MANILA (UPDATE) — The Supreme Court on Tuesday acted swiftly to protect one of its own judges against online threats and red-tagging by issuing a strongly-worded warning.
“The Court STERNLY WARNS those who continue to incite violence through social media and other means which endanger the lives of judges and their families, and that this SHALL LIKEWISE BE CONSIDERED A CONTEMPT OF THIS COURT and will be dealt with accordingly,” it said in a brief statement issued by the SC Public Information Office.
The statement came a few days after former National Task Force to End Local Communist Armed Conflict (NTF-ELCAC) spokesperson Lorraine Badoy, in a Facebook post, linked Manila Regional Trial Court Branch 19 Judge Marlo Magdoza-Malagar to 2 rebel groups.
Badoy, who is also a former Malacañang official, was criticizing Magdoza-Malagar's ruling that junked the Department of Justice’s proscription case against the Communist Party of the Philippines (CPP) and the New People’s Army (NPA).
Aside from red-tagging the judge, Badoy also posed a hypothetical scenario: “So if I kill this judge and I do so out of my political belief that all allies of the CPP NPA NDF must be killed because there is no difference in my mind between a member of the CPP NPA NDF and their friends, then please be lenient with me.”
The SC’s press briefer said the Supreme Court en banc, acting on its own initiative, discussed possible actions over the statements made by “a certain Lorraine Badoy containing threats” against Judge Magdoza-Malagar.
The high court has assigned a docket number, indicating it is an active case already.
Magdoza-Malagar earned Badoy’s ire after she ruled that rebellion and others political crimes do not amount to terrorism, in dismissing the proscription case.
Badoy called the judge “unprincipled” and a “friend of the CPP NPA NDF”, while describing her 135-page resolution as a “judgment straight from the bowels of communist hell.”
In a subsequent post, Badoy also appeared to red-tag the judge’s husband, lawyer Leo Malagar, chancellor for the University of the Philippines-Cebu.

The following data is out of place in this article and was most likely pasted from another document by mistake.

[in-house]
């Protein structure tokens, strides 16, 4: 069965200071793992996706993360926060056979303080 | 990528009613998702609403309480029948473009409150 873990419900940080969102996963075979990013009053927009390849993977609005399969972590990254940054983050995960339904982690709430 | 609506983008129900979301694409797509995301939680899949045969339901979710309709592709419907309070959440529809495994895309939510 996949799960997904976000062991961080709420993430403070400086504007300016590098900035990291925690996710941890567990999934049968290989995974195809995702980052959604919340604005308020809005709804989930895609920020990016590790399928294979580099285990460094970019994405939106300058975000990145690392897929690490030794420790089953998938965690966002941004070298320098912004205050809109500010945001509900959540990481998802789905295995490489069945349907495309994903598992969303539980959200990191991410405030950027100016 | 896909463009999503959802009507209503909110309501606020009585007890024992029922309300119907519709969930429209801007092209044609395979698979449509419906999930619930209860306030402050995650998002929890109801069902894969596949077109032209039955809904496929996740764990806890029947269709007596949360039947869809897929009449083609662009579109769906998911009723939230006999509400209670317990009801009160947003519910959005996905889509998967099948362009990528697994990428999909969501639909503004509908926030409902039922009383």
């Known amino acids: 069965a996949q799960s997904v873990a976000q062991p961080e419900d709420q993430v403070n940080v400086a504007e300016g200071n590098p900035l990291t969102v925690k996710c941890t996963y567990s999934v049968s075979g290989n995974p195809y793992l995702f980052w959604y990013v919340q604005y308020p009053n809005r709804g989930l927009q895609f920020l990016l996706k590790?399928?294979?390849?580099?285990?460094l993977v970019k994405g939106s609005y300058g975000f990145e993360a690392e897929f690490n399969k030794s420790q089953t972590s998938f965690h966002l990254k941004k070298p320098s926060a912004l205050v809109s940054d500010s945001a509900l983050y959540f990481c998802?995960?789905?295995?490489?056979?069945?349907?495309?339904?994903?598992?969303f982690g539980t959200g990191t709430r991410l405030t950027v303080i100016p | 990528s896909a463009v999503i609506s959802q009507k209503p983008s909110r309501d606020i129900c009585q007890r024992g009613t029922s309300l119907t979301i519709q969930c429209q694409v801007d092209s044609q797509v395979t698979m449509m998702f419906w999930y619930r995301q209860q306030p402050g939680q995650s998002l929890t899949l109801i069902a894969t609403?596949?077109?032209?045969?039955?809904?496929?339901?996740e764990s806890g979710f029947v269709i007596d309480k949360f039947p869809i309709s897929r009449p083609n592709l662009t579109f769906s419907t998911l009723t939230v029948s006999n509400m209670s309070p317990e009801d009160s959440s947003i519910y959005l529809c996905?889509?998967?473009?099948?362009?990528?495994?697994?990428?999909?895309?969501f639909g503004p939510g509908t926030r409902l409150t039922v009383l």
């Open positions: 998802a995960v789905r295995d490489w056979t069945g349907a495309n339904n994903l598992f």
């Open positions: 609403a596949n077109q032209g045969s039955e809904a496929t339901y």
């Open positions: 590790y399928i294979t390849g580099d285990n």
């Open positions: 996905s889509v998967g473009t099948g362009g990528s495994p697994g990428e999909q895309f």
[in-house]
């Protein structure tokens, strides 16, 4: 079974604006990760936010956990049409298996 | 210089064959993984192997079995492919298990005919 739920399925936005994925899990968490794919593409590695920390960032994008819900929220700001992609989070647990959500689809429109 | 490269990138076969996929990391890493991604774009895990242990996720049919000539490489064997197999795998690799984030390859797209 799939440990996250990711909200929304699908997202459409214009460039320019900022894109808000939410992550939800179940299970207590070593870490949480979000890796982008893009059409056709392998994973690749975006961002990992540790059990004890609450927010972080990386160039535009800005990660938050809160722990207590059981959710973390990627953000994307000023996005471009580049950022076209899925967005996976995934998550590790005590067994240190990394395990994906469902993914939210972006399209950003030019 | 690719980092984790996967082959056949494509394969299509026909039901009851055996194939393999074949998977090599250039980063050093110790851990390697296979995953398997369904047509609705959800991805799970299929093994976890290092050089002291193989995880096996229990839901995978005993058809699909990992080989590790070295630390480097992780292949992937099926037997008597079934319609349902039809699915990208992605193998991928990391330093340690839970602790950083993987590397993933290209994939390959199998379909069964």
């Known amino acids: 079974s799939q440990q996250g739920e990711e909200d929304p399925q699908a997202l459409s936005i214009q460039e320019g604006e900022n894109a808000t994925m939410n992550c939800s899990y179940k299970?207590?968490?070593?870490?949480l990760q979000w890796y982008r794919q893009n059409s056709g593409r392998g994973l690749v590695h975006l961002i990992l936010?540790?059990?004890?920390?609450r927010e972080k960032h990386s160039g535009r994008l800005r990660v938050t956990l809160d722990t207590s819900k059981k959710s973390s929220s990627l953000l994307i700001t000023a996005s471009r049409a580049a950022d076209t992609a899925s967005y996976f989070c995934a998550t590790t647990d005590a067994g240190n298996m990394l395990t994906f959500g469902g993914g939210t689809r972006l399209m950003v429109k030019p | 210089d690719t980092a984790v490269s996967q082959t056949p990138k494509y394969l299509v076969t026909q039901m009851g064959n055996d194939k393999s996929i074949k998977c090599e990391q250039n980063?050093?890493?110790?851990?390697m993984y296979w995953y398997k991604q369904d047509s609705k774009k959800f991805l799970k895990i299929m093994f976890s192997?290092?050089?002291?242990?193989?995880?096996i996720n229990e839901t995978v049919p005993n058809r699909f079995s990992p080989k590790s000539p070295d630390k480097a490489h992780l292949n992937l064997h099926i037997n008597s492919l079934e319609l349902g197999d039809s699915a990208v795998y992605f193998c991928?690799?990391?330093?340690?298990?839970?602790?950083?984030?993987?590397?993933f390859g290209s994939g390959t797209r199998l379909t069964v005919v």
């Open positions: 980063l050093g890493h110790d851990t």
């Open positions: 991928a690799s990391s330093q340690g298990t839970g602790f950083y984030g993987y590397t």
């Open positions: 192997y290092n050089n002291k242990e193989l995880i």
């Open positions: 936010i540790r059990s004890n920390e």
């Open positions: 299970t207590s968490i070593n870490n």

In another post, she said she wants to build an organization which will “start bombing the offices of these corrupt judges who are friend of terrorists — even if they kneel before us and beg for their lives…”
Badoy on Saturday denied making the threat and the original post was no longer available on her Facebook timeline on that day.
It resurfaced on Tuesday with the timestamp dated September 23 at 2:25 a.m.
Several Twitter users, activists and rights defenders also managed to take screenshots and screen recordings of her original post.
Following the developments, Malacañang said that President Ferdinand Marcos, Jr.'s administration “adheres only to the rule of law."
“As you know, this administration will adhere closely to the rule of law and only to the rule of law. We do not endorse any illegal activities,” Press Secretary Trixie Cruz-Angeles told Palace reporters.
"We let the law take its course and allow the judiciary to exercise its full mandate," she added.
The justice department will file a new proscription case with the Court of Appeals, Cruz-Angeles also noted.
Various groups have condemned Badoy’s post, including HUKOM, Inc. and the Philippine Judges Association (PJA), both groups of trial court judges.
Breaking the traditional silence of judges, HUKOM in a statement said it considers red-tagging, online vilification, doxxing, among others as “attacks on the rule of law and the independence of the judiciary.”
“We cannot rest easy and accept them as normal and ordinary. These acts must be called out because of their chilling effect on the exercise of our judicial functions and the lasting damage they cause to our institution,” it said.
The PJA, for its part, called on the Philippine government “to declare that in no time under its watch, will democracy be imperiled by an irresponsible and unfounded assault on a trial judge.”
The Integrated Bar of the Philippines (IBP), Movement Against Disinformation, and the Chevening Alumni Foundation of the Philippines added their condemnation.
“If judges can be treated disdainfully without consequence, the Rule of Law becomes a hollow promise,” the IBP said.
At least 174 lawyers also signed a joint statement calling on the Supreme Court to hold Badoy accountable.
The Free Legal Assistance Group (FLAG) also called out Badoy's "irresponsible" statements.
"Badoy's threat is not protected speech — it is a felony. Her red-tagging of the spouses Malagar violate their rights under international law and Philippine law. Her irresponsible posts against them and others clearly indicate she will continue to act with impunity unless she is held accountable," it said in a statement.
Court Administrator Raul Villanueva on Monday expressed concern over Badoy’s statements, telling ANC Rundown that his office will investigate the incident if the SC so requires.
A law creating the Office of the Judiciary Marshals, which will protect members and personnel of the judiciary, was signed in April but its implementing rules and regulations is still being crafted.
Last year, the High Court also condemned a string of threats against and killings of lawyers and judges.
“To threaten our judges and our lawyers is no less than an assault on the judiciary. To assault the judiciary is to shake the very bedrock on which the rule of law stands. This cannot be allowed in a civilized society like ours. This cannot go undenounced on the Court’s watch,” high court magistrates said in a joint statement in March 2021.